After Michelle leaves, Peter puts on his spare spider-costume and swings over to the Raft to have a close and personal chat with Adrian Toomes, the original Vulture. Toomes says that the new Vulture has nothing to do with him. He has heard that the Mob did something to turn him into a hideous freak, and now he's hunting criminals for revenge. Toomes hopes that he'll kill Spider-Man. Lovely bloke, Mr Toomes.
Spidey heads back to the city. He spends the whole day foiling petty crimes and webbing criminals to walls to try and bait the Vulture. Eventually he succeeds and sets up a rematch. Moments later he has webbed onto the new Vulture and is being dragged across town by him. As fate would have it, they are both heading for Legends Day at the New Yankee stadium - an event that happens to be presided over by none other than J. Jonah Jameson.
Spidey and Vulture come swinging in and completely wreck the place. They crash through the observation galleries, throwing Norman Osborn (you may have heard of him) to the ground. Norman is tempted to call in his own Spider-Man to trounce the wall-crawler but, noting how the crowd is turning against Spidey, he decides that now is not the right time.
Eventually Spidey grabs the Vulture and wrestles him to the ground. Spidey holds on but the Vulture doesn't seem to tire, so the question is: who's got who? Then Spidey sees Osborn in the crowd and that seems to push him over the edge. He breaks the Vulture's arms to disable him, and webs him up. Then things get worse.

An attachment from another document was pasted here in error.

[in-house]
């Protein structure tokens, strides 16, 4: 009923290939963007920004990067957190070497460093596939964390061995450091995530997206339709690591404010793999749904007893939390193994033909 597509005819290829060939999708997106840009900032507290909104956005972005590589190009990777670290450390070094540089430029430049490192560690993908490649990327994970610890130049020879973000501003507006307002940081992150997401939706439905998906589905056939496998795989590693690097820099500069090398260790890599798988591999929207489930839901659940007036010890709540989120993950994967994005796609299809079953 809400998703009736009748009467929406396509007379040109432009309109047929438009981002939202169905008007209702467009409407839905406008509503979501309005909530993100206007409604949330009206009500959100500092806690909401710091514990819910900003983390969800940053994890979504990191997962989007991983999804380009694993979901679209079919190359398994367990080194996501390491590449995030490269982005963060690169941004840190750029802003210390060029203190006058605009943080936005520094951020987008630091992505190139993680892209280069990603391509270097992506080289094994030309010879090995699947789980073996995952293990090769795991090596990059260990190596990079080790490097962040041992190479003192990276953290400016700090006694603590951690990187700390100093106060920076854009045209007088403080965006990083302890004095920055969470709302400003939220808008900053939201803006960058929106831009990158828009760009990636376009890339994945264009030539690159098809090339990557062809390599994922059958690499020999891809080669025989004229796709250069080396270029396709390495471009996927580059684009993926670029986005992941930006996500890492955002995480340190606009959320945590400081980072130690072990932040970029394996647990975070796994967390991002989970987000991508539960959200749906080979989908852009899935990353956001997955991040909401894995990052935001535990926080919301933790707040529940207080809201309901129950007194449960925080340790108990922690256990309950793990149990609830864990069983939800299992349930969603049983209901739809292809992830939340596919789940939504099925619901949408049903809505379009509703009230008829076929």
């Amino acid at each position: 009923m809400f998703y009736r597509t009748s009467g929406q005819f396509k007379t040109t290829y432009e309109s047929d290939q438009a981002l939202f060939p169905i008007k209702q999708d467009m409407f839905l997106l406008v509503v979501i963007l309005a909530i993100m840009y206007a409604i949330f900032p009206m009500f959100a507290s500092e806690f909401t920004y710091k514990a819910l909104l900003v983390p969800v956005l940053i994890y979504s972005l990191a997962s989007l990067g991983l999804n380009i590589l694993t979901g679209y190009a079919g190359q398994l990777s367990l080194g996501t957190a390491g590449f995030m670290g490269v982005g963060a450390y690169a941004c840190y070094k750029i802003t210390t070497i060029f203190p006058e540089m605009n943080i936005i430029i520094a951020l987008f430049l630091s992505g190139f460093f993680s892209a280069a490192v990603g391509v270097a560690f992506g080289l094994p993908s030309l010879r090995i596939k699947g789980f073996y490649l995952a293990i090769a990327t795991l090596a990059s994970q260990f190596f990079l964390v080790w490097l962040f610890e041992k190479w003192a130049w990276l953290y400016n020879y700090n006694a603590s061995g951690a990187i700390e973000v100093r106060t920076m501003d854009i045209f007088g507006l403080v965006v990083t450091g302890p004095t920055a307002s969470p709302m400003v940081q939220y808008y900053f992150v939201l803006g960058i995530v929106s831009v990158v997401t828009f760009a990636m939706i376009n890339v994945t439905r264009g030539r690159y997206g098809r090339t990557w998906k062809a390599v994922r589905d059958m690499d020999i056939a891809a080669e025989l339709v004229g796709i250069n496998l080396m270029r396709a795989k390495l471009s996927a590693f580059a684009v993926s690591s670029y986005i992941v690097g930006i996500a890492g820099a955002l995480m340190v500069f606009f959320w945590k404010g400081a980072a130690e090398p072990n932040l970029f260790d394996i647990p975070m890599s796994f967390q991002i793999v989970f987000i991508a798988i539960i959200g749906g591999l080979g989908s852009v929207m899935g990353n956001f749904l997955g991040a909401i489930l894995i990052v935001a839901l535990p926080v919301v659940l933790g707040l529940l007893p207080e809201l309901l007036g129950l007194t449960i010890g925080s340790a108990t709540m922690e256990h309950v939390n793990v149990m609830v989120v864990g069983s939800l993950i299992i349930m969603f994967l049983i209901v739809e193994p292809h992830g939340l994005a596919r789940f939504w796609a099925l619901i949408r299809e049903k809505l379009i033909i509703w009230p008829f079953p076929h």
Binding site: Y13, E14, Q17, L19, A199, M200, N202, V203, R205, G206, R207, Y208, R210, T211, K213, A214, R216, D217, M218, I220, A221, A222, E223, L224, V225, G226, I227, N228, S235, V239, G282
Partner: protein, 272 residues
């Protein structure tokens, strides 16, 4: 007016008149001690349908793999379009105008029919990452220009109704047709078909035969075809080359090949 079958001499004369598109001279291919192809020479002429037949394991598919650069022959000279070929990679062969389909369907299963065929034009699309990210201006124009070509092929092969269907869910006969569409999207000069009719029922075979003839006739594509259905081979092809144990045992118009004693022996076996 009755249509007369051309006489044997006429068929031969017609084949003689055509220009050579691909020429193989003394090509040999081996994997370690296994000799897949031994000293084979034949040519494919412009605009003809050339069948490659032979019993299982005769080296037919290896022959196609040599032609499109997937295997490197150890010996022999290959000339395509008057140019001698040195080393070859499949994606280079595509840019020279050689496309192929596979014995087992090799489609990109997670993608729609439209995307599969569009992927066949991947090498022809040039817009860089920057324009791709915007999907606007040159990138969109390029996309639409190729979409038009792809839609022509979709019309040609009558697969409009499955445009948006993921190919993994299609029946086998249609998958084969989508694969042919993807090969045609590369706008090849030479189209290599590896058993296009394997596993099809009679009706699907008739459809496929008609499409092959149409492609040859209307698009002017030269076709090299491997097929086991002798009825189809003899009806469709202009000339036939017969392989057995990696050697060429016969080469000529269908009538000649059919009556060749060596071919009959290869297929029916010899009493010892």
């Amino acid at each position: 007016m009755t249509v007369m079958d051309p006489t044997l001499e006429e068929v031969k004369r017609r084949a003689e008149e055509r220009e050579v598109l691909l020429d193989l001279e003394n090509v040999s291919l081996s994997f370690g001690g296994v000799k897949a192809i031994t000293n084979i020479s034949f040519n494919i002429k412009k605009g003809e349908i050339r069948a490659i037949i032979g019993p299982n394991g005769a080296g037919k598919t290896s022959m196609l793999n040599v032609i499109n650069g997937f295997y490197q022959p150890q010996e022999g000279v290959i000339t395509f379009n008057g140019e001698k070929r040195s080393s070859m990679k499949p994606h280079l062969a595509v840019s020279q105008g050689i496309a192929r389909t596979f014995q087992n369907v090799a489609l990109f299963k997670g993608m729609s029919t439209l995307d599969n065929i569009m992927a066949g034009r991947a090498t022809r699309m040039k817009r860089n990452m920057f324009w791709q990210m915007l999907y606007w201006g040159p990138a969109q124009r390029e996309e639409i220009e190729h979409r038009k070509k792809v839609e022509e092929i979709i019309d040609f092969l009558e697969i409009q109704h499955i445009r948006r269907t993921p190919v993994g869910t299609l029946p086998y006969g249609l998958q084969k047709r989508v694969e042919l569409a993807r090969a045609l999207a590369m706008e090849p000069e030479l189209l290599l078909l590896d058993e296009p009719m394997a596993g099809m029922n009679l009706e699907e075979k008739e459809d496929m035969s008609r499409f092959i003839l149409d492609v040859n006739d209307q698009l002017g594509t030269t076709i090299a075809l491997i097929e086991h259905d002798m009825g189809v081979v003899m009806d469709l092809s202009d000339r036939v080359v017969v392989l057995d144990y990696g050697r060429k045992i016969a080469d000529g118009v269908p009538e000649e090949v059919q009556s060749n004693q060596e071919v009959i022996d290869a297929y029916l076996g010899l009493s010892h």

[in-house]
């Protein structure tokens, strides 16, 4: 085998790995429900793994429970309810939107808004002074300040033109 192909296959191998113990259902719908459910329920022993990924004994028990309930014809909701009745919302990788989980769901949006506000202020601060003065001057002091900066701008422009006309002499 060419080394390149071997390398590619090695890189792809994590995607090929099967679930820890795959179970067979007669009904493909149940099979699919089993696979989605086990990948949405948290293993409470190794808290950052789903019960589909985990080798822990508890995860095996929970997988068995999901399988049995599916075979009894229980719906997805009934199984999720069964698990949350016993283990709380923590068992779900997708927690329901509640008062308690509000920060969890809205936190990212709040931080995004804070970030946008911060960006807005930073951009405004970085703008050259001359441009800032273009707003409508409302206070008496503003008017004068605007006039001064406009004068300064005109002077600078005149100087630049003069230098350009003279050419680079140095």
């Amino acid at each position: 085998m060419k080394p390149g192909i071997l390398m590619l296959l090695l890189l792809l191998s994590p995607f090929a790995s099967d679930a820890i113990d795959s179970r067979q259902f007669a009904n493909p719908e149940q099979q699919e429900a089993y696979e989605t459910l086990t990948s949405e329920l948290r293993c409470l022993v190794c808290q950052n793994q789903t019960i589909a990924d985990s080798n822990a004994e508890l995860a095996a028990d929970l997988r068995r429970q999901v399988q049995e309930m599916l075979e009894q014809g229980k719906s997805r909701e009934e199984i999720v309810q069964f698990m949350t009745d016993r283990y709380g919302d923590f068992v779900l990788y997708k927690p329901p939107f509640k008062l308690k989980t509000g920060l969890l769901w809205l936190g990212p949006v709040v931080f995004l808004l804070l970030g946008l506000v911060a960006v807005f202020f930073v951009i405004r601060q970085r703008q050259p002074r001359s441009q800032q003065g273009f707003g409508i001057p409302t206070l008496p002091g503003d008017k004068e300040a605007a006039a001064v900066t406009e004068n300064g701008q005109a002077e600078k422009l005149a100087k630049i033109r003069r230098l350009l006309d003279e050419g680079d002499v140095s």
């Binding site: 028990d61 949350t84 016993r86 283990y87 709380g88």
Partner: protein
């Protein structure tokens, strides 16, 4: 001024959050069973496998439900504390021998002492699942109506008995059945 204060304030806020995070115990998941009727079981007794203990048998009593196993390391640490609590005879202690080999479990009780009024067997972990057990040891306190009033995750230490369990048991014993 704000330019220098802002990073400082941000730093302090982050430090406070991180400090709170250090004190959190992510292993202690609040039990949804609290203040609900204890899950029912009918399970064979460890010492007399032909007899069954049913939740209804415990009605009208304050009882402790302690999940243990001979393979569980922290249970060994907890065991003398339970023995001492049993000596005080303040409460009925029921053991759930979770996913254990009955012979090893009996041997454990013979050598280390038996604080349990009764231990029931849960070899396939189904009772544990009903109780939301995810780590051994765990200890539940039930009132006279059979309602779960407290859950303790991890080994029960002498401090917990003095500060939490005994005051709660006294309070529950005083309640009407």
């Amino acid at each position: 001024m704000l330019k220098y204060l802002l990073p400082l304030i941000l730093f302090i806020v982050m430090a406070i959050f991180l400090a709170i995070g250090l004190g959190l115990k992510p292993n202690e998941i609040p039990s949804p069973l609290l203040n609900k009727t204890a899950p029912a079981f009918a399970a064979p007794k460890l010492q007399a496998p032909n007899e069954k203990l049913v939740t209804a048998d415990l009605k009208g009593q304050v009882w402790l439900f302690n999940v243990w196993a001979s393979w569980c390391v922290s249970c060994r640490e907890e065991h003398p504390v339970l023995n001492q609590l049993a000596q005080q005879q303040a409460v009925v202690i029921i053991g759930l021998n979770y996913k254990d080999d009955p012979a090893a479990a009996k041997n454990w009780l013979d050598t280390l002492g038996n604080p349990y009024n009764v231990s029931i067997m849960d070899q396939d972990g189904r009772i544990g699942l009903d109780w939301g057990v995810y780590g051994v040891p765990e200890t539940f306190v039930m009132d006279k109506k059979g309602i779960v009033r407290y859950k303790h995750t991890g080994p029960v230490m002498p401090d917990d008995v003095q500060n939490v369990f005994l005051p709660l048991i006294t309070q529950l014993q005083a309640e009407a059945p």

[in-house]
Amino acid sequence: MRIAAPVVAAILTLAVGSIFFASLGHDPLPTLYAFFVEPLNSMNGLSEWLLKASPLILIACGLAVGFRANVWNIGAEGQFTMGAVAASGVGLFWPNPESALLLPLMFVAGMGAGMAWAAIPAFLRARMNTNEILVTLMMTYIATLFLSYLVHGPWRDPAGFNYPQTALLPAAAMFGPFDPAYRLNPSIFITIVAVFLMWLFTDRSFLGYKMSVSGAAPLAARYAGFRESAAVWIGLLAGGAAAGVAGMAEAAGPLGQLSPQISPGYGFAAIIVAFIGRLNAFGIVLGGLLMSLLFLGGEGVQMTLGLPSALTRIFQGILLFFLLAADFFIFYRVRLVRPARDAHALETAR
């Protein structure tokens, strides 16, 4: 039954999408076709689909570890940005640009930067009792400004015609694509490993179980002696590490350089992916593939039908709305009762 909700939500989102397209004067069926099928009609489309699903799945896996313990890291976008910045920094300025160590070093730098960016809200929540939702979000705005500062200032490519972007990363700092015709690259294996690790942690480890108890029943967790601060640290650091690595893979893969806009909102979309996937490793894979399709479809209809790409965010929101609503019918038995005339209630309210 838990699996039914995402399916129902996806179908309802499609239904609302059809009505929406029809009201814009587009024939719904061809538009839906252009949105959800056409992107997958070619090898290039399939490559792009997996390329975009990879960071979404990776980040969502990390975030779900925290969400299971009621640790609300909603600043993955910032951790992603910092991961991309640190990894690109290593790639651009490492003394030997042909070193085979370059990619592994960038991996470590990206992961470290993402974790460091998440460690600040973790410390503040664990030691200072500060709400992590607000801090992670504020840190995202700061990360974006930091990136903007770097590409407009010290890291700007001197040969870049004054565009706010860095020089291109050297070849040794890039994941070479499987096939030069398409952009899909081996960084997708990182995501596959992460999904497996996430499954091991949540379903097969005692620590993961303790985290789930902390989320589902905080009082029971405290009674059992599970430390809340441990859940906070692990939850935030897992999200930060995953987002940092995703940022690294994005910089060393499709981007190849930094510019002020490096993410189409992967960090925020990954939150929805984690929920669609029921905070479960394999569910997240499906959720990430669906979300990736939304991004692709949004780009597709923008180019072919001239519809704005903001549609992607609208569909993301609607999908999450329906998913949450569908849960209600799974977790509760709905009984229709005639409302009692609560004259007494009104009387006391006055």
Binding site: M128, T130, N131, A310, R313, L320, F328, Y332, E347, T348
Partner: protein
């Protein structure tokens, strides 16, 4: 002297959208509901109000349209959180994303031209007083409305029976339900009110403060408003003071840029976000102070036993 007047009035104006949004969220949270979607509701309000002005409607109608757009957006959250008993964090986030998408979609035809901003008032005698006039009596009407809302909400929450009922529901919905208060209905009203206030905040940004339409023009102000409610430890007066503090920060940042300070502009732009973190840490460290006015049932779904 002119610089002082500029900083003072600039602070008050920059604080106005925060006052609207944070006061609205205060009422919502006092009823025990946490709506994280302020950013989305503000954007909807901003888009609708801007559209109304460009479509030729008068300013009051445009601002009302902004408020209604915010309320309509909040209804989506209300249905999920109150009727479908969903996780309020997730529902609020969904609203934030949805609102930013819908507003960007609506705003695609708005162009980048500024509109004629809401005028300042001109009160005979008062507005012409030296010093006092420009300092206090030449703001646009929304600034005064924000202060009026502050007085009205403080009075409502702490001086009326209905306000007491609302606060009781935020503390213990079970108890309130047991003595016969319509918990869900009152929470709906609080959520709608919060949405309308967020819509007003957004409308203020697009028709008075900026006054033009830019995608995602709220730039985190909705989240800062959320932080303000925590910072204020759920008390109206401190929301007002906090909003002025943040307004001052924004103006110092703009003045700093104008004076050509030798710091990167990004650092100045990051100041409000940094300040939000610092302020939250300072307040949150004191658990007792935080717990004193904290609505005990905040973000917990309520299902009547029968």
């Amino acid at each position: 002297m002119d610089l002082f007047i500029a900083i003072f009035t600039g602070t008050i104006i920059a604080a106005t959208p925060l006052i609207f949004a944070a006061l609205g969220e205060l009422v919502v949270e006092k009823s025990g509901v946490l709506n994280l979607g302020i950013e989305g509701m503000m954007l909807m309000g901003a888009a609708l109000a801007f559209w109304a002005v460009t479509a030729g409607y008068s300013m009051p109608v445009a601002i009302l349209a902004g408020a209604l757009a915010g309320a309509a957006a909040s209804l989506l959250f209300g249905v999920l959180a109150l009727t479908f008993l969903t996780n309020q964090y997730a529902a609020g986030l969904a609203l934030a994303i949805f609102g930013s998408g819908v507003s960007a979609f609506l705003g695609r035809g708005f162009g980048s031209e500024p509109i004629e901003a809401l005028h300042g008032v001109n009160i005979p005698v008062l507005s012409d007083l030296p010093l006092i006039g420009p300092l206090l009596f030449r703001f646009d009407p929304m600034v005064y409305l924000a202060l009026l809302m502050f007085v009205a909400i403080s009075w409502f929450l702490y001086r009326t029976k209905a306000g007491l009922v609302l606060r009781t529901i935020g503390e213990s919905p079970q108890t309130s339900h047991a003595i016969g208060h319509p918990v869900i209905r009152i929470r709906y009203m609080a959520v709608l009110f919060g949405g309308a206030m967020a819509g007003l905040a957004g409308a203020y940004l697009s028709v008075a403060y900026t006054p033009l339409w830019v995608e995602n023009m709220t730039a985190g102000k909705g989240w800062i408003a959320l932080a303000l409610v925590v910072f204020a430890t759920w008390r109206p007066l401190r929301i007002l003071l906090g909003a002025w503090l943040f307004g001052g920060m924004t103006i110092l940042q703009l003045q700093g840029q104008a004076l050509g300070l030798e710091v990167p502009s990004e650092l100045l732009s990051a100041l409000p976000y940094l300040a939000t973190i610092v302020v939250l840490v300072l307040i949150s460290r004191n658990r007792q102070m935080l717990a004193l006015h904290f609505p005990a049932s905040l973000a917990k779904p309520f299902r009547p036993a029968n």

The crowd turns on the wallcrawler. All the good work he's done over the preceding few days evaporates because he ruined Legends Day. Spidey beats a hasty retreat under a hail of hurled garbage. The following day the headlines say it all. The city has turned against Spider-Man once again, and embraced the mayor's Anti-Spider Squad. "And so the natural order is restored," Spider- Man muses.
Spidey reflects that although he enjoyed getting under JJJ's skin, he has realised that wasn't what has been driving him over the last few days. It is Norman Osborn he has been lashing out at. He's finally won: Osborn is the most powerful man in America now, and it's all Spidey's fault. He could have taken down Norman a dozen times over the years. He could have finished this for good, but he chose to take the high road. That's going to change. Spidey's coming for Norman, and no-one's going to stop him.